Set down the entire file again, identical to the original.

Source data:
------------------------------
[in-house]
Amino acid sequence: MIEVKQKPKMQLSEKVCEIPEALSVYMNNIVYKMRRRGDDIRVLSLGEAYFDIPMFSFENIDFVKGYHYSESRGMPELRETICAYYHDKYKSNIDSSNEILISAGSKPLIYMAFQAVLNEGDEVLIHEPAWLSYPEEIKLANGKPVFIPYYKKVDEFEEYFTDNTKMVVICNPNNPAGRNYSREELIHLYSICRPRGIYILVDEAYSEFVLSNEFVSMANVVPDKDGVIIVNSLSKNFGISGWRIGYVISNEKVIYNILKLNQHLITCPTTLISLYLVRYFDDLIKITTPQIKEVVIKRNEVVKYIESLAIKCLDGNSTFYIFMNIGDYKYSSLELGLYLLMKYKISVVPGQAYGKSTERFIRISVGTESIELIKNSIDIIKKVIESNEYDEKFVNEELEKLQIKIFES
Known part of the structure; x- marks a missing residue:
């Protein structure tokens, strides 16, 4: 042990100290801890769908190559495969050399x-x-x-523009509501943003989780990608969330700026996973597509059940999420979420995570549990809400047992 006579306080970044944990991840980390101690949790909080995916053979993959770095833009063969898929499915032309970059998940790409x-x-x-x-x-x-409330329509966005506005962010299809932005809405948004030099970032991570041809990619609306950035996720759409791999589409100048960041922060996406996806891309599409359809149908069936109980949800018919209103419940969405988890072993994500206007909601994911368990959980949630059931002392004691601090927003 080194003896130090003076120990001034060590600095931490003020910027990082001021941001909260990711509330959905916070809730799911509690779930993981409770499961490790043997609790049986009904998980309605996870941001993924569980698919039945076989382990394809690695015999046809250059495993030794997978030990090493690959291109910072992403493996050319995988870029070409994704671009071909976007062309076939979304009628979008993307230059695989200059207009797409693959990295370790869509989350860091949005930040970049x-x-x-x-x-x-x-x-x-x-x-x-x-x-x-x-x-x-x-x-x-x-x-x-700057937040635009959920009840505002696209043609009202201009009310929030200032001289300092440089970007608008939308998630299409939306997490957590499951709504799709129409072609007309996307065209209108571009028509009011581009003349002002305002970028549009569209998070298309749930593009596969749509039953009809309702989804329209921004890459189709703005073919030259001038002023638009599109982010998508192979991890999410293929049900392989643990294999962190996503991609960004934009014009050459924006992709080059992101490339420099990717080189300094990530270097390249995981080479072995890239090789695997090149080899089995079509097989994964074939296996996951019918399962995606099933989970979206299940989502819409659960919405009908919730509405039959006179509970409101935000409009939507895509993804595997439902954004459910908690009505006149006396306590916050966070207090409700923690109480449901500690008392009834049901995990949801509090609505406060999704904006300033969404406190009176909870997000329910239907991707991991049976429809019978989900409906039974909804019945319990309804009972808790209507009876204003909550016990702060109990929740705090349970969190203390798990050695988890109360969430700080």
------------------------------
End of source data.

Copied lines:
[in-house]
Amino acid sequence: MIEVKQKPKMQLSEKVCEIPEALSVYMNNIVYKMRRRGDDIRVLSLGEAYFDIPMFSFENIDFVKGYHYSESRGMPELRETICAYYHDKYKSNIDSSNEILISAGSKPLIYMAFQAVLNEGDEVLIHEPAWLSYPEEIKLANGKPVFIPYYKKVDEFEEYFTDNTKMVVICNPNNPAGRNYSREELIHLYSICRPRGIYILVDEAYSEFVLSNEFVSMANVVPDKDGVIIVNSLSKNFGISGWRIGYVISNEKVIYNILKLNQHLITCPTTLISLYLVRYFDDLIKITTPQIKEVVIKRNEVVKYIESLAIKCLDGNSTFYIFMNIGDYKYSSLELGLYLLMKYKISVVPGQAYGKSTERFIRISVGTESIELIKNSIDIIKKVIESNEYDEKFVNEELEKLQIKIFES
Known part of the structure; x- marks a missing residue:
């Protein structure tokens, strides 16, 4: 042990100290801890769908190559495969050399x-x-x-523009509501943003989780990608969330700026996973597509059940999420979420995570549990809400047992 006579306080970044944990991840980390101690949790909080995916053979993959770095833009063969898929499915032309970059998940790409x-x-x-x-x-x-409330329509966005506005962010299809932005809405948004030099970032991570041809990619609306950035996720759409791999589409100048960041922060996406996806891309599409359809149908069936109980949800018919209103419940969405988890072993994500206007909601994911368990959980949630059931002392004691601090927003 080194003896130090003076120990001034060590600095931490003020910027990082001021941001909260990711509330959905916070809730799911509690779930993981409770499961490790043997609790049986009904998980309605996870941001993924569980698919039945076989382990394809690695015999046809250059495993030794997978030990090493690959291109910072992403493996050319995988870029070409994704671009071909976007062309076939979304009628979008993307230059695989200059207009797409693959990295370790869509989350860091949005930040970049x-x-x-x-x-x-x-x-x-x-x-x-x-x-x-x-x-x-x-x-x-x-x-x-700057937040635009959920009840505002696209043609009202201009009310929030200032001289300092440089970007608008939308998630299409939306997490957590499951709504799709129409072609007309996307065209209108571009028509009011581009003349002002305002970028549009569209998070298309749930593009596969749509039953009809309702989804329209921004890459189709703005073919030259001038002023638009599109982010998508192979991890999410293929049900392989643990294999962190996503991609960004934009014009050459924006992709080059992101490339420099990717080189300094990530270097390249995981080479072995890239090789695997090149080899089995079509097989994964074939296996996951019918399962995606099933989970979206299940989502819409659960919405009908919730509405039959006179509970409101935000409009939507895509993804595997439902954004459910908690009505006149006396306590916050966070207090409700923690109480449901500690008392009834049901995990949801509090609505406060999704904006300033969404406190009176909870997000329910239907991707991991049976429809019978989900409906039974909804019945319990309804009972808790209507009876204003909550016990702060109990929740705090349970969190203390798990050695988890109360969430700080």